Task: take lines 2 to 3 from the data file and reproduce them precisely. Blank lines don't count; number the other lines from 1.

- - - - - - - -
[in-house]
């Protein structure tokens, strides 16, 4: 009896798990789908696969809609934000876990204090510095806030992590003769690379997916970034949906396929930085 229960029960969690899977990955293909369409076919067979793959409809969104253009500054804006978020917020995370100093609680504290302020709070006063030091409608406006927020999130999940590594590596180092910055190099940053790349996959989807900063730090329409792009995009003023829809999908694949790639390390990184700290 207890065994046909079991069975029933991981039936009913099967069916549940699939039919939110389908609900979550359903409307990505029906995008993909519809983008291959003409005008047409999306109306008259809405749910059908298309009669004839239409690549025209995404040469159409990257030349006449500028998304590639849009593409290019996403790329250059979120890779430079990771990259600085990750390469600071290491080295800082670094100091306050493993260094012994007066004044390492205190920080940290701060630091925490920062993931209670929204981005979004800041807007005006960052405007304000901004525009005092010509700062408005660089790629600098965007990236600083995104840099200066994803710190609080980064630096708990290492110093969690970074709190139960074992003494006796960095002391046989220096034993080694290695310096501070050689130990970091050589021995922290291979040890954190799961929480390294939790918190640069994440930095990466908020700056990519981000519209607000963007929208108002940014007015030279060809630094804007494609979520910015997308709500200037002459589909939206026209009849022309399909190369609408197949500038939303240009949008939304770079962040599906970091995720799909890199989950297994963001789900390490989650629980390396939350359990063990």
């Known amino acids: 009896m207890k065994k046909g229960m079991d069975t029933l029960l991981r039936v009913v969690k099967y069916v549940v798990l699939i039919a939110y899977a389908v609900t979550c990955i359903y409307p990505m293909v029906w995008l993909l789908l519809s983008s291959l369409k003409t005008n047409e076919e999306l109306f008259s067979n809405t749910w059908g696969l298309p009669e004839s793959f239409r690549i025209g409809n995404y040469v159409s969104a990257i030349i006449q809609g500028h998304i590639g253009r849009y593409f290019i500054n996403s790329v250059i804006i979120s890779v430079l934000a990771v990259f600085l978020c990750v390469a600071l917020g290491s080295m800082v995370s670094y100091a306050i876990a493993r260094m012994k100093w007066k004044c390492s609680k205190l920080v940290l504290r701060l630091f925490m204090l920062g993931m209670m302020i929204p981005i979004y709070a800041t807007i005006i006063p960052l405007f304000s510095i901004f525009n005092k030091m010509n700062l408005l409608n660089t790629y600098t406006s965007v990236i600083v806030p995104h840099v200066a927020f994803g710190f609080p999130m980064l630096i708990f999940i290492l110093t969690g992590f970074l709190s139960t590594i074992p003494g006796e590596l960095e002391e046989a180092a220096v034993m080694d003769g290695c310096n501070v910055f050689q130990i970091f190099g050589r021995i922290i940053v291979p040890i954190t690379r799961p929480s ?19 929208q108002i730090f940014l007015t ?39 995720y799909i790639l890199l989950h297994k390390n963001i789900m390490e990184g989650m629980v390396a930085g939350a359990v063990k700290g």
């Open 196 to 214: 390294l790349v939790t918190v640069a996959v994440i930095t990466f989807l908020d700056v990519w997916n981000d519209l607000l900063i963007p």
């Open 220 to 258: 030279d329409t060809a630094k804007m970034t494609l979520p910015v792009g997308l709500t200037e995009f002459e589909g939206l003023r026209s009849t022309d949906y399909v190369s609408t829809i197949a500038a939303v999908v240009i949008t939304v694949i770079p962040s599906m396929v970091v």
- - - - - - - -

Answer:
């Protein structure tokens, strides 16, 4: 009896798990789908696969809609934000876990204090510095806030992590003769690379997916970034949906396929930085 229960029960969690899977990955293909369409076919067979793959409809969104253009500054804006978020917020995370100093609680504290302020709070006063030091409608406006927020999130999940590594590596180092910055190099940053790349996959989807900063730090329409792009995009003023829809999908694949790639390390990184700290 207890065994046909079991069975029933991981039936009913099967069916549940699939039919939110389908609900979550359903409307990505029906995008993909519809983008291959003409005008047409999306109306008259809405749910059908298309009669004839239409690549025209995404040469159409990257030349006449500028998304590639849009593409290019996403790329250059979120890779430079990771990259600085990750390469600071290491080295800082670094100091306050493993260094012994007066004044390492205190920080940290701060630091925490920062993931209670929204981005979004800041807007005006960052405007304000901004525009005092010509700062408005660089790629600098965007990236600083995104840099200066994803710190609080980064630096708990290492110093969690970074709190139960074992003494006796960095002391046989220096034993080694290695310096501070050689130990970091050589021995922290291979040890954190799961929480390294939790918190640069994440930095990466908020700056990519981000519209607000963007929208108002940014007015030279060809630094804007494609979520910015997308709500200037002459589909939206026209009849022309399909190369609408197949500038939303240009949008939304770079962040599906970091995720799909890199989950297994963001789900390490989650629980390396939350359990063990």
């Known amino acids: 009896m207890k065994k046909g229960m079991d069975t029933l029960l991981r039936v009913v969690k099967y069916v549940v798990l699939i039919a939110y899977a389908v609900t979550c990955i359903y409307p990505m293909v029906w995008l993909l789908l519809s983008s291959l369409k003409t005008n047409e076919e999306l109306f008259s067979n809405t749910w059908g696969l298309p009669e004839s793959f239409r690549i025209g409809n995404y040469v159409s969104a990257i030349i006449q809609g500028h998304i590639g253009r849009y593409f290019i500054n996403s790329v250059i804006i979120s890779v430079l934000a990771v990259f600085l978020c990750v390469a600071l917020g290491s080295m800082v995370s670094y100091a306050i876990a493993r260094m012994k100093w007066k004044c390492s609680k205190l920080v940290l504290r701060l630091f925490m204090l920062g993931m209670m302020i929204p981005i979004y709070a800041t807007i005006i006063p960052l405007f304000s510095i901004f525009n005092k030091m010509n700062l408005l409608n660089t790629y600098t406006s965007v990236i600083v806030p995104h840099v200066a927020f994803g710190f609080p999130m980064l630096i708990f999940i290492l110093t969690g992590f970074l709190s139960t590594i074992p003494g006796e590596l960095e002391e046989a180092a220096v034993m080694d003769g290695c310096n501070v910055f050689q130990i970091f190099g050589r021995i922290i940053v291979p040890i954190t690379r799961p929480s ?19 929208q108002i730090f940014l007015t ?39 995720y799909i790639l890199l989950h297994k390390n963001i789900m390490e990184g989650m629980v390396a930085g939350a359990v063990k700290g």